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Too great a price?

Outdoor Living

SHY BEAUTY The woodcock’s stunning feathers lose their vibrant lustre in death, and the small bird rapidly palls.

Country Sights and Sounds
John Shelley

We thought that nip of cold might slow that subtle greening of hedgerow and covert, yet spring continues to advance unabated. A stroll through the woods will show us new leaves on honeysuckle above and violet and celandine below.
The first day of February is traditionally the first day of spring, though I think it a rather optimistic designation, and perhaps an unfortunate one, for we can be sure that as soon as those words come from our mouths they are carried away by a week of brisk easterlies or buried in three feet of snow.
Spring will come in its own time, either early or late, and very much dependent on one’s own outlook. For now we have winter birds to keep us content.
As I crunched through the frost of early morning, woodcock sprang from their bed of brown leaves, one at every 20 steps or so. It must be many years since I saw as many.
They move west in the hope of finding a kinder climate, and the colder the weather to the east and north, the further they come, needing nothing more than ground soft enough to admit their probing bills and a few trees to hide beneath.
On the other hand, perhaps they are so confident at finding a mild and prosperous few weeks ahead they are already moving back, en masse, to the lands from which they came. That must be it. Spring is imminent.
The most popular collective name for woodcock is a ‘Fall’, which presumably derives from the manner in which numbers of this darkly mottled, ginger-feathered wader arrive in woodland as if from nowhere.
Small flocks of woodcock often fly together and are renowned for their crepuscular flight, that is, they like to move from one location to another only as the last glimmering light of day fades into darkness. Thus, a piece of woodland devoid of these birds today might hold a healthy itinerant population tomorrow.
Birds newly arrived after a long and arduous flight sometimes come to ground only 30 or 40 metres away after being roused. On the other hand, a well-rested woodcock will burst from its hiding place almost under our feet and make its jinking flight to the far side of the wood faster than the eye can follow.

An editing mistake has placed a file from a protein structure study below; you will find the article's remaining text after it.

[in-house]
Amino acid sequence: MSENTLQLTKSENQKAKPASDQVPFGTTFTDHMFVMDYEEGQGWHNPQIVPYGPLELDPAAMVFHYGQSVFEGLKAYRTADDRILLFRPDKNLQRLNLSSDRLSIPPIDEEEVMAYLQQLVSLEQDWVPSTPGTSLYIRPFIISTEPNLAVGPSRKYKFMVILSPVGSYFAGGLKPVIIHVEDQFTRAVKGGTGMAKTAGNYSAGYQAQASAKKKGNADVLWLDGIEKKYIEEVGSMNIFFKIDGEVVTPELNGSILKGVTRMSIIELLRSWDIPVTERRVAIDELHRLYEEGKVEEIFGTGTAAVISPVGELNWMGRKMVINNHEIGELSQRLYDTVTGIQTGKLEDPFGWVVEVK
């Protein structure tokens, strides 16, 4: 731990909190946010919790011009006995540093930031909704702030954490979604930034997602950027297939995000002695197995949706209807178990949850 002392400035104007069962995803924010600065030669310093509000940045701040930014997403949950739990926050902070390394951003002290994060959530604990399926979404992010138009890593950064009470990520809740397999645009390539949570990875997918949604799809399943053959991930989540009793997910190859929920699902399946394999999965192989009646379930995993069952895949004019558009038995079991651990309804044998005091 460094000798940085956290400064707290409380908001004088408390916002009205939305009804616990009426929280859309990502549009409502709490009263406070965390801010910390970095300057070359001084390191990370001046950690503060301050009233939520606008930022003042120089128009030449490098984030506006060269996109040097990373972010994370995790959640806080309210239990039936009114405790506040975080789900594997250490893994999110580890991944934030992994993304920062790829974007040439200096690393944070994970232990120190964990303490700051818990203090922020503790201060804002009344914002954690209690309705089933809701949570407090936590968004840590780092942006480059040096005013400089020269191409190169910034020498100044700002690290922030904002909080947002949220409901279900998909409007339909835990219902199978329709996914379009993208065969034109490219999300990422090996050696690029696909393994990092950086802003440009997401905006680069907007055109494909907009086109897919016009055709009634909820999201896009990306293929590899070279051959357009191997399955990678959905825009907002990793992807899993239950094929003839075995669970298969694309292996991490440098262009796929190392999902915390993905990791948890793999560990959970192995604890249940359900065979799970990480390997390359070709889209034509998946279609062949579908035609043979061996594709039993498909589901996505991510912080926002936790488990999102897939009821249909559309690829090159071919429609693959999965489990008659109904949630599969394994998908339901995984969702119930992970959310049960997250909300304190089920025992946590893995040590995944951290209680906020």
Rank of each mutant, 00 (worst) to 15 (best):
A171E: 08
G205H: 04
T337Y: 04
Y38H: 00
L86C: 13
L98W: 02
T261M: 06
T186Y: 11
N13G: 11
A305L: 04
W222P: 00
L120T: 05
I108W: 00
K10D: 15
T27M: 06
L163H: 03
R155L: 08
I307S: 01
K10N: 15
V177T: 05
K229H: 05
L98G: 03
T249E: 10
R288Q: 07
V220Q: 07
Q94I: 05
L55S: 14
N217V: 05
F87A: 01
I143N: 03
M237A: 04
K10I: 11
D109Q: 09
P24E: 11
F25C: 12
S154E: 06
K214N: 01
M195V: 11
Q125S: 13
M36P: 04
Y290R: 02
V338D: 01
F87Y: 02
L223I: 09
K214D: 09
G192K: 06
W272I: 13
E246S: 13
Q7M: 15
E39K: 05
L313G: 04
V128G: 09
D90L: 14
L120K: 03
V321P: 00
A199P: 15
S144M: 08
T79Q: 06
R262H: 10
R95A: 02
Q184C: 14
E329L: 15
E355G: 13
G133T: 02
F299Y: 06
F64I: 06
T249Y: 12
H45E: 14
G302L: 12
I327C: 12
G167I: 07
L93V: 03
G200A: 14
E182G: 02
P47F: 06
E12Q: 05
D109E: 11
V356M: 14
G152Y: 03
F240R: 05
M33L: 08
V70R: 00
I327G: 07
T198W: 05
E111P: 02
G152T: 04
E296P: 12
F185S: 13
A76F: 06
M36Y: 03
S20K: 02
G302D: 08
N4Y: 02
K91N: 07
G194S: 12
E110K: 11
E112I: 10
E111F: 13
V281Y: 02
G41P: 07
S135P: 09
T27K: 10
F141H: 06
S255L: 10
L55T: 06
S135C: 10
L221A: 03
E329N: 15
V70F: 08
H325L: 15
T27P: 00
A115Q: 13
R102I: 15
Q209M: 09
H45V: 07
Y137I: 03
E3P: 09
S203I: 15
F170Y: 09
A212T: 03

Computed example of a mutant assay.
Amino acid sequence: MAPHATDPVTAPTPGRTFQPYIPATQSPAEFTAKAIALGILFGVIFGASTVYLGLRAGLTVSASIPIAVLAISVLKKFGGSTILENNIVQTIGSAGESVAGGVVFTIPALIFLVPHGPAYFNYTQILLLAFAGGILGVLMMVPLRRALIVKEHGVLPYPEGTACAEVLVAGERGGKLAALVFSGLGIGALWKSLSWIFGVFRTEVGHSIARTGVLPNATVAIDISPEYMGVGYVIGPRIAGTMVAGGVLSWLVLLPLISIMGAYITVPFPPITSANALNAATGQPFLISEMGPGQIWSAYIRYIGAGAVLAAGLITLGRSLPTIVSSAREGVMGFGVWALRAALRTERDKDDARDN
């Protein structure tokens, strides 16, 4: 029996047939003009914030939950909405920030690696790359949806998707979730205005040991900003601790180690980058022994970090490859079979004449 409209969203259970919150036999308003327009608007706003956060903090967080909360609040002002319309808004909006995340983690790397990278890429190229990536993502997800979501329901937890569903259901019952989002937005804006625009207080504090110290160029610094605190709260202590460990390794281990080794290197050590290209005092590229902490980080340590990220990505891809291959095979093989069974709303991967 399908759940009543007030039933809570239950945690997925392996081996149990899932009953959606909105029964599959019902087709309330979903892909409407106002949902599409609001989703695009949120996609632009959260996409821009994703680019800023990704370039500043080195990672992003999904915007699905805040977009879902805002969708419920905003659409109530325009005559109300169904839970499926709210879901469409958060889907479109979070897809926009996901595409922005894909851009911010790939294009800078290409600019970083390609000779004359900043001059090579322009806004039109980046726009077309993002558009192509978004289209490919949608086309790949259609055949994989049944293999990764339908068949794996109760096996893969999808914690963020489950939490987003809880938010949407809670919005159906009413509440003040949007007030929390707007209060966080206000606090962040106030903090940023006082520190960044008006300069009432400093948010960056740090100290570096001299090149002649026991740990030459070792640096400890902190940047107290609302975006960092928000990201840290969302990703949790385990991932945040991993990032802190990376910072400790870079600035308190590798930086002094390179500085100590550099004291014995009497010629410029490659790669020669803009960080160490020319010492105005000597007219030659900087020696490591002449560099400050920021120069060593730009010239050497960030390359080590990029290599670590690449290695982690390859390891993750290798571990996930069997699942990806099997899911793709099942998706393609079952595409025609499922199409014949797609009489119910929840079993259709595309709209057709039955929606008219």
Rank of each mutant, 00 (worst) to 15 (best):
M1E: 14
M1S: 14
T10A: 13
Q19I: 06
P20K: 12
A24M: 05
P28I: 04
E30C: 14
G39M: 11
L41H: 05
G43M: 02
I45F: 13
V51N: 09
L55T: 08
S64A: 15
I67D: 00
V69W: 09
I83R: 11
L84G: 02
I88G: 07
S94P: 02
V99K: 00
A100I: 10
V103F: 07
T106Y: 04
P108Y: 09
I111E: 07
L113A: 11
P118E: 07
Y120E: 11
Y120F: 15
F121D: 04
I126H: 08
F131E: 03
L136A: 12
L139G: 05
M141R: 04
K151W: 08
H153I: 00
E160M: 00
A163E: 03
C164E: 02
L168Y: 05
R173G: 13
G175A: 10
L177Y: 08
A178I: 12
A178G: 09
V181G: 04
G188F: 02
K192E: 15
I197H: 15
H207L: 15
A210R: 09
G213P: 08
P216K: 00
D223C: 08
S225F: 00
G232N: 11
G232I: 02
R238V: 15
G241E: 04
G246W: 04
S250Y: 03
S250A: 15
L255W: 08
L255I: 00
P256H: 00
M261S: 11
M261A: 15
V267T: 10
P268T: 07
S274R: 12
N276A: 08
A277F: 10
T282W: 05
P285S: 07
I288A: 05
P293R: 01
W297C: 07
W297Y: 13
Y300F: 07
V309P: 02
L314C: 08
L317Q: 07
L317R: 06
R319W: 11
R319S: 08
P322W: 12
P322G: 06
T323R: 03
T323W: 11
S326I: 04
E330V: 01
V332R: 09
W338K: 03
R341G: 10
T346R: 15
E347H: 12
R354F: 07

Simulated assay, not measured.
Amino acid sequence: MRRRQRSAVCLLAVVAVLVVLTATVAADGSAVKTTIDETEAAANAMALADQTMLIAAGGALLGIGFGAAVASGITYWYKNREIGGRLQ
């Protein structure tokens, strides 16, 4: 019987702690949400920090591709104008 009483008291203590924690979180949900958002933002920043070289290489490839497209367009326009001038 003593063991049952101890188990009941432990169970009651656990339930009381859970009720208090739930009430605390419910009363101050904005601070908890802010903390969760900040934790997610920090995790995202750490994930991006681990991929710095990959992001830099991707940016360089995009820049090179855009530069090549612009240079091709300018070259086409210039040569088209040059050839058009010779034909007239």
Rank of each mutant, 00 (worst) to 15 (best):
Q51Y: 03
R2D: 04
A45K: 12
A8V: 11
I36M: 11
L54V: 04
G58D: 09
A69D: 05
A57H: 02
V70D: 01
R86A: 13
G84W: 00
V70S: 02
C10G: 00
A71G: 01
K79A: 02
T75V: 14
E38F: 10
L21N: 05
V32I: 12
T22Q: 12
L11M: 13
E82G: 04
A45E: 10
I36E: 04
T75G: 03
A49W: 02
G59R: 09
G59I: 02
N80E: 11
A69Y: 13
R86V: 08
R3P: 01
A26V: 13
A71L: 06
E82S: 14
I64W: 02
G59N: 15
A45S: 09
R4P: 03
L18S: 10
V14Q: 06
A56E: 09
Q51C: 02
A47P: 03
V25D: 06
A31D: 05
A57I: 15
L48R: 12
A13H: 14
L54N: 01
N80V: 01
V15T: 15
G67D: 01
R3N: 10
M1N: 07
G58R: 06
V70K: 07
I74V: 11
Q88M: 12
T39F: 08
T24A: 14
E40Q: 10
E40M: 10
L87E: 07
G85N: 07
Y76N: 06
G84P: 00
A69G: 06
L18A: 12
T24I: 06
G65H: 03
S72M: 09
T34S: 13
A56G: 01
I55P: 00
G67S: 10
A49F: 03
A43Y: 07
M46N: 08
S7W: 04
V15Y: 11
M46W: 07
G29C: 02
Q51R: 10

It is the woodcock’s rapid flight that makes it such an attraction for the sporting gun. My own shooting days ended before they properly began, and I consider the argument in favour of the sport – if it can rightly be described as such – unsteady at the least. The whole affair always seemed rather one-sided, and clumping about the countryside hoping to frighten some other living creature out into the open where it could be filled with lead soon lost its appeal. Still, it is a skilful man, or a lucky one, who goes home with more than a brace of woodcock in his game bag.
The absolute beauty of these birds in the hand is rivalled only by a cock pheasant in his prime. Even then we must look quickly, for, more than is the case for any other bird, the woodcock in death soon loses that vibrant lustre and rapidly palls. It would be better for all, in my opinion, if he were not shot at all. But then I never ate one. Friends that have maintain my mind would be forever changed were I to crunch that plump breast, bones and all, between my teeth, and have the sad little creature’s belly grease run down my chin.
As far back as 1508 The Boke of Keruynge (The book of Carving) gave advice as to how a procured woodcock might be prepared. ‘Take a woodcocke, & reyse his legges and his wynges as an henne; this done, dyght the brayne. And here begynneth the feest from Pentecost unto mydsommer.’ (The word ‘dyght’ is taken to mean ‘prepare’.)
Nowadays we have strict open and closed seasons for hunting: February 1, our first day of spring, brings the birds a reprieve and gives the few that stay for the summer a chance to breed.
Until then, the shot birds are hung by the feet for varying lengths of time, with the gaminess of the flesh increasing with each passing day. So slight they are when stripped of their feathers, one woodcock might comfortably fill two slices of toast. It feels too great a price.

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